Scientists call for implementation of the World Convention on Nature

Scientists call for implementation of the World Convention on Nature


Johannes Vogel, director of the museum of natural history in Berlin, brought a display case with stuffed pale-footed shearwaters to the appointment. The first disease caused by swallowing plastic has just been detected in these seabirds: plasticosis, inflammation in the digestive tract that, over time, scars and deforms the tissue and can lead to the death of the birds.

Stopping plastic from accumulating in the oceans and endangering animals is an implicit goal of the World Convention on Nature adopted in December Montréal, which aims to halt the loss of biodiversity by 2030. Representatives of German scientific and non-governmental organizations formulated what needs to happen in order for the twenty-three ambitious goals to be implemented on Monday in the Berlin Natural History Museum. The bird preparations illustrated the complexity of the task, which also includes changing economic and production methods in such a way that no more plastic ends up in the stomachs of pale-footed shearwaters.

Business wants rules

Josef Settele, head of department at the Helmholtz Center for Environmental Research and member of the expert panel of the World Biodiversity Council, whose recommendations formed the basis for the World Convention on Nature, said Montreal had successfully shown how scientific knowledge can flow into policy processes. Improvements are now needed above all in monitoring – i.e. in the instruments that can be used to check the extent to which the 196 contracting states are implementing the agreement.

The insufficient formulation of precise, globally applicable indicators – for example satellite data on habitat changes – is considered to be one of the weak points of the agreement. Another is that it does not oblige states to increase their efforts to achieve nature conservation goals if necessary. Companies are now expecting clear regulations, said Tobias Raffel from the FUTURE Institute for Sustainable Transformation at the Berlin business school ESMT.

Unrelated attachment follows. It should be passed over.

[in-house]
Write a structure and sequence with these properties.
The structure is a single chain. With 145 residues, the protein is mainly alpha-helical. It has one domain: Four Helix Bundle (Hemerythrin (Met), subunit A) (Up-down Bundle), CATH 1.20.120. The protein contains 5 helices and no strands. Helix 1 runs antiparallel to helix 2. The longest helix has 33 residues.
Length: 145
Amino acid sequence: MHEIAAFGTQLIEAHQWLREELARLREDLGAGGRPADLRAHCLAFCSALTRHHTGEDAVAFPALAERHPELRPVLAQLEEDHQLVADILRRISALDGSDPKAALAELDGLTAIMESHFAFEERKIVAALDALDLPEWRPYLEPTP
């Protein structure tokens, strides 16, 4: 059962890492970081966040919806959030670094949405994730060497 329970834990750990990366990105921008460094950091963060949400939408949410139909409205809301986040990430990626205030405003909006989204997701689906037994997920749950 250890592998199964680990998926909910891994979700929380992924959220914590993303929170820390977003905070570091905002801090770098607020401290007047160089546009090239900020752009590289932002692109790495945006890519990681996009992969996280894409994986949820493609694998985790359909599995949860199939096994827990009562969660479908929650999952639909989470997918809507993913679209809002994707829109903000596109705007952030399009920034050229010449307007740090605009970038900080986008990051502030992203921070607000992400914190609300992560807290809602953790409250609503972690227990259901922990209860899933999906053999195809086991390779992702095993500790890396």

Dependent on the services of nature

The Montreal Biodiversity Conference was a wake-up call for the economy – also because of figures like the one that half of the global gross domestic product depends on the services of nature. One is now concerned both with how one’s own actions depend on these services and with how they affect biodiversity. Raffel positively emphasized that the EU has already passed regulations – such as the new directive, which significantly expands the reporting obligation of companies on sustainability; or the deforestation-free supply chain regulation.

Forests in the tropics in particular are being cleared for agriculture due to demand, especially from EU countries – where biodiversity is greatest. Germany is 123rd in the biodiversity ranking. Here, quality is more important than quantity for protected areas – an important element of the World Convention on Nature, said Christof Schenk, director of the Frankfurt Zoological Society, which oversees wilderness areas worldwide.

Designating thirty percent of the area as protected areas, as provided for in the agreement, is probably not possible in Germany “without lying to yourself” – i.e. including, for example, landscape protection areas that already have “protection” in their name, in but there are hardly any requirements for agriculture. Germany’s new biodiversity strategy will specify how the Montreal Treaty is to be implemented in Germany. It will be presented in a few weeks.



Source link